dB, it merely says that voltage and power are not the same
thing.

Indeed E = IR and P = IE demonstrate exactly what that
difference is.

Floyd L. Davidson, Mar 4, 2006
4. ### Scott WGuest

Bryan Olson wrote:

Photocells are call square law detectors for just this reason. The
power source is the charging voltage that recharges the capacitance of
the photo sites.

Scott

Scott W, Mar 4, 2006
5. ### bjwGuest

Floyd. I think we're talking past each other. A CCD has an
input signal from the light, and it's perfectly reasonable to
given exposure time. I assumed that this is what
people like to refer to as the dynamic range of the sensor -
the range of input values that it can sense.

Apparently the dynamic range spec is the dynamic range
calculated from the output voltage. In that case, I give up,
using 20 log (voltage max / voltage min) is correct and
the dynamic range of the output power is 75 dB.

like to use dynamic range to talk about the range of
input luminances the CCD can sense, and that range is
not 75 dB in _input_.
What you're showing here is that the manufacturer's
spec sheets are all consistent in using 20 log (S/N),
not whether that formula means input or output. I have
no disagreement with the fact that the CCD under
discussion has a dynamic range of 100,000/18 - I may
have said that in my original post.

bjw, Mar 4, 2006
6. ### Floyd L. DavidsonGuest

The dynamic range of the sensor, which is what it can sense, is
a measure of the *output* electrical signal.
Nothing else makes sense.
Absolutely true.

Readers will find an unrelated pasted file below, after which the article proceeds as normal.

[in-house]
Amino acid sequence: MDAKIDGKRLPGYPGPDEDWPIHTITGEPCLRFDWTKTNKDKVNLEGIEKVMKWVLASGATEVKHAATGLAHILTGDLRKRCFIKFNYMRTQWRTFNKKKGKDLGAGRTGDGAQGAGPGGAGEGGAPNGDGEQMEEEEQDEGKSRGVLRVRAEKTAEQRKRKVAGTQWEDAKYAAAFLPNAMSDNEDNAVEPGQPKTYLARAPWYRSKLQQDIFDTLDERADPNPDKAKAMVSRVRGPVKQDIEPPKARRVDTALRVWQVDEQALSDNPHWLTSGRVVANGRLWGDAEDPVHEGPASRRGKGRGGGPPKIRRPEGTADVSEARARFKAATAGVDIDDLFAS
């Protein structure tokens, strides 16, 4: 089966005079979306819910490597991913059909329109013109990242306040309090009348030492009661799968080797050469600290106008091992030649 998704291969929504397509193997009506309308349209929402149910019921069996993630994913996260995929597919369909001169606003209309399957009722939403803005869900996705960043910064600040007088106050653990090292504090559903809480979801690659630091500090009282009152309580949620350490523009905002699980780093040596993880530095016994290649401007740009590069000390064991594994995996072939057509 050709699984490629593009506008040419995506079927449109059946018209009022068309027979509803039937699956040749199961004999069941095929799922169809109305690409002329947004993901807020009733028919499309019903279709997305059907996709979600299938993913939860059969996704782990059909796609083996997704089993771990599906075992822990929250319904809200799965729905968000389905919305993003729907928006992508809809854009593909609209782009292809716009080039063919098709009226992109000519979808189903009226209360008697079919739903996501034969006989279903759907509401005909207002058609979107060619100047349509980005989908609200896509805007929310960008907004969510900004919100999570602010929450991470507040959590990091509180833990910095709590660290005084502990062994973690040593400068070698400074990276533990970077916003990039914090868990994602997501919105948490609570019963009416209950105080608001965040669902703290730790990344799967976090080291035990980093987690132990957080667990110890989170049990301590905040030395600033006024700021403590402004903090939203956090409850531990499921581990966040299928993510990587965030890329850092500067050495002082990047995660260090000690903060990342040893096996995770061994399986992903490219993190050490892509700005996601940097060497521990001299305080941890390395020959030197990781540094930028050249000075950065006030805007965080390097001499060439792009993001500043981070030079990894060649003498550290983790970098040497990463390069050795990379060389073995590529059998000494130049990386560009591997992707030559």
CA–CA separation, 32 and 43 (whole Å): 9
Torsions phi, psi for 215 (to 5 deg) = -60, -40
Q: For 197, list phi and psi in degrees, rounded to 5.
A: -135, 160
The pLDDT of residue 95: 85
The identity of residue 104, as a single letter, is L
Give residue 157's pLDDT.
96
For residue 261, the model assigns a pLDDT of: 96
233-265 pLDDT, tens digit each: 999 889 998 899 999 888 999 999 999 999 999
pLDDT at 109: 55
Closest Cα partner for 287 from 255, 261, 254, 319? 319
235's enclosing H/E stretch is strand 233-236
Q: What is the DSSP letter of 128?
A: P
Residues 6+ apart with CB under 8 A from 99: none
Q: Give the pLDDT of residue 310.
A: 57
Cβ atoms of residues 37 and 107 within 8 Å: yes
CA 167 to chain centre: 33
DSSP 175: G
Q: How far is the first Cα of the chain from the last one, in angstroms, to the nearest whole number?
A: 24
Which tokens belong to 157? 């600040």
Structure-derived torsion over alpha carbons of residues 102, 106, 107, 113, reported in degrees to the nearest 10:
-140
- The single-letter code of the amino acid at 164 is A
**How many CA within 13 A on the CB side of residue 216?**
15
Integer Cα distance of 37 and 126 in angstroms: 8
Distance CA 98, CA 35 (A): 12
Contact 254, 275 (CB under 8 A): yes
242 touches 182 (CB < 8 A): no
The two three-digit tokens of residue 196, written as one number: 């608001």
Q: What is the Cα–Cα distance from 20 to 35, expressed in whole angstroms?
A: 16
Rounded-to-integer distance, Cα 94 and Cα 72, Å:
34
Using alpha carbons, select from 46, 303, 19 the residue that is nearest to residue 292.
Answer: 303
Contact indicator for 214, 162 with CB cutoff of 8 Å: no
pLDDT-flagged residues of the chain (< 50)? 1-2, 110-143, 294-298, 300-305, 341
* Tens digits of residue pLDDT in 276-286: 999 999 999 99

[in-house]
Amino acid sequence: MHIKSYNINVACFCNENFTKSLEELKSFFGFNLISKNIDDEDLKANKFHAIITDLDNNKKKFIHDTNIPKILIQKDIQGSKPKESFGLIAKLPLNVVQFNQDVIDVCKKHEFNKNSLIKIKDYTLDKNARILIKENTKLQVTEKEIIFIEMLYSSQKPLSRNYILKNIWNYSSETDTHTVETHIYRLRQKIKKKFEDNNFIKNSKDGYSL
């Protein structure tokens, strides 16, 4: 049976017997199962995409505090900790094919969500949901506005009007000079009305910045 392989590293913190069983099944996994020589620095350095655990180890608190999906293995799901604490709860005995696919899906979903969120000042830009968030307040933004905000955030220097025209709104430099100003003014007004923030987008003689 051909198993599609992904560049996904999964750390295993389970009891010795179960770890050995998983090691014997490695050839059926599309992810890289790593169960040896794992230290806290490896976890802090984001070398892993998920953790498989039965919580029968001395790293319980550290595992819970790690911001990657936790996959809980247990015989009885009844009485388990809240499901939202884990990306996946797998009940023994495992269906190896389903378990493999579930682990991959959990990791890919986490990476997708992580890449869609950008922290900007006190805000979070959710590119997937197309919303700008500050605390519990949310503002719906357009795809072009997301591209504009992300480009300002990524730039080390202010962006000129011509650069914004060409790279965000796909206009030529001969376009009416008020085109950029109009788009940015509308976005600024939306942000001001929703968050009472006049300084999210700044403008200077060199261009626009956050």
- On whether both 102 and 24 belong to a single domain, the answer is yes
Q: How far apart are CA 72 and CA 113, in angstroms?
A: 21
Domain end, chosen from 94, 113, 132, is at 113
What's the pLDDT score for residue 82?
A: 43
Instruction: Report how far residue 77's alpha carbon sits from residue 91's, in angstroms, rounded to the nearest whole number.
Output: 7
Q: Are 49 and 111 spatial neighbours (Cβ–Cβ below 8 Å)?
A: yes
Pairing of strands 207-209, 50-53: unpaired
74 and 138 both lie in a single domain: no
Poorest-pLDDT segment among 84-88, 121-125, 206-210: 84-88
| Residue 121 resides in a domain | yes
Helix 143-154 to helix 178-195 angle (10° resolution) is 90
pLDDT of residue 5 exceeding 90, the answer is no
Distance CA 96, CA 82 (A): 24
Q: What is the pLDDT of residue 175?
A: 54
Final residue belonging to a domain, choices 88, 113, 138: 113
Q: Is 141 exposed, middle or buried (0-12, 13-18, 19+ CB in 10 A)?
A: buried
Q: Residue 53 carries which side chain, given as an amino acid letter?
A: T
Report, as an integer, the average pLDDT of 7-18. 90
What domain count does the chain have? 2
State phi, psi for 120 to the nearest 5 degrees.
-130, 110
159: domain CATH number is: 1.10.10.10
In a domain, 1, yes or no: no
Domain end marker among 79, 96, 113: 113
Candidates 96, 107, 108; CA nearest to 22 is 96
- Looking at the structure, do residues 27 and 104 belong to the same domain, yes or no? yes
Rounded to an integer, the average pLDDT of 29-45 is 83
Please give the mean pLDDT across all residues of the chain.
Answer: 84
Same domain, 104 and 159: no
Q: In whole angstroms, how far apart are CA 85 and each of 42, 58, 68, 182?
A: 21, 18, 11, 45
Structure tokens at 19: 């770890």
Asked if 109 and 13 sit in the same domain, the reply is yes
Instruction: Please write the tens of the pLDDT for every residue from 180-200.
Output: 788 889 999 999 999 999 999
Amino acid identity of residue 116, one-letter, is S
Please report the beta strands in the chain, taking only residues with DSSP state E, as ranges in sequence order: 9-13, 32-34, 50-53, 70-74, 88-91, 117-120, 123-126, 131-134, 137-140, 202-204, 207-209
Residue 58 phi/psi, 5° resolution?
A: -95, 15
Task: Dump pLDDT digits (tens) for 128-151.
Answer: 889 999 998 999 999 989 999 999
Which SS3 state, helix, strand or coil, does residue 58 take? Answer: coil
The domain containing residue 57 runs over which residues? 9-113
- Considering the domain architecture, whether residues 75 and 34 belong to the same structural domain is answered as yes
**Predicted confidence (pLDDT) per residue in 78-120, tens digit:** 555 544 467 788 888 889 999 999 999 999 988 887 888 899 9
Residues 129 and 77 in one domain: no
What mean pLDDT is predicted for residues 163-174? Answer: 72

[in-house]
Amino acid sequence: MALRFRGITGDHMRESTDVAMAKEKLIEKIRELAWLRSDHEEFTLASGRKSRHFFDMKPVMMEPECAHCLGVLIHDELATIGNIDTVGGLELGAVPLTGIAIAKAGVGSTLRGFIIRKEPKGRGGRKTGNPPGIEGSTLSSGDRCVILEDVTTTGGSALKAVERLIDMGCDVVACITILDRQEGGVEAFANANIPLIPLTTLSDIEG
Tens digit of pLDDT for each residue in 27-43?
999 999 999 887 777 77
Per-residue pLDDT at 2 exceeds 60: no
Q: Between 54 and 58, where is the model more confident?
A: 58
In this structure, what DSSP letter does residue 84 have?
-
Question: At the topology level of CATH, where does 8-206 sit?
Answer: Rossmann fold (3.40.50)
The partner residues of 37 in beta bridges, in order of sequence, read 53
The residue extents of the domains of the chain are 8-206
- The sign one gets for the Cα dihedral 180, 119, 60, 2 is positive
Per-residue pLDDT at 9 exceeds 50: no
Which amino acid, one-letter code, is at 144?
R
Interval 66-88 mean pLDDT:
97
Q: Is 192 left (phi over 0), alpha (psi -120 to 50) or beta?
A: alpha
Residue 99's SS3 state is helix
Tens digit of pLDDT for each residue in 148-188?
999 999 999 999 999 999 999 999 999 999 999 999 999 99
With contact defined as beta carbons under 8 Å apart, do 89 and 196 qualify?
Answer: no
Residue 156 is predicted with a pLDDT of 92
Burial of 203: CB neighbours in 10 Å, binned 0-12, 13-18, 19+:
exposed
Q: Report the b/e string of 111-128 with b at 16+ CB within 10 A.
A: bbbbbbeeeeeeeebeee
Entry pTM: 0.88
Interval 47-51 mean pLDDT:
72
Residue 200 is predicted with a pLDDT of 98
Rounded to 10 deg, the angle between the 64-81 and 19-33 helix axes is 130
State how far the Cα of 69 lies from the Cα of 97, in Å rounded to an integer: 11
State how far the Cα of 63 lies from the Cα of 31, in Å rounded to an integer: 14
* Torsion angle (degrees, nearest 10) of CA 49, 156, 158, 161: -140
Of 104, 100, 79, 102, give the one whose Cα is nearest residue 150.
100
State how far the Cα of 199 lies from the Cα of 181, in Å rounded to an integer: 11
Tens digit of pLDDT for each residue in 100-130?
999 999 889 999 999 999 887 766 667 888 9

That is *NOT* true. The sensor *output* is the only way to
determine what input range can be sensed. The input exposure
range can of course be varied from far less than is sensed to
far more than is sensed... but the definition of "sensed" is
that a change in input results in a change in the output.
It clearly shows that the sensed range matches the range they
are calculating using 20 log (S/N).
What you have been claiming is that a dynamic range indicated by
100000/18 is 37.5 dB. That is not true. It is clearly twice
that, just as everyone says. If it were 37.5 dB the camera
would not be able to record an image with more than

37.5
---- = 6.2+ fstops
6

And in fact there is no question that typically digital cameras
are recording between 8 and 11 fstops and are being described
as having a dynamic range of between 60 and 75 dB using the
*correct* formula.

Your formula simply is not the right one.

Floyd L. Davidson, Mar 4, 2006
7. ### JPSGuest

In message <>,
Not necessarily. The highest exposure level on the sensor before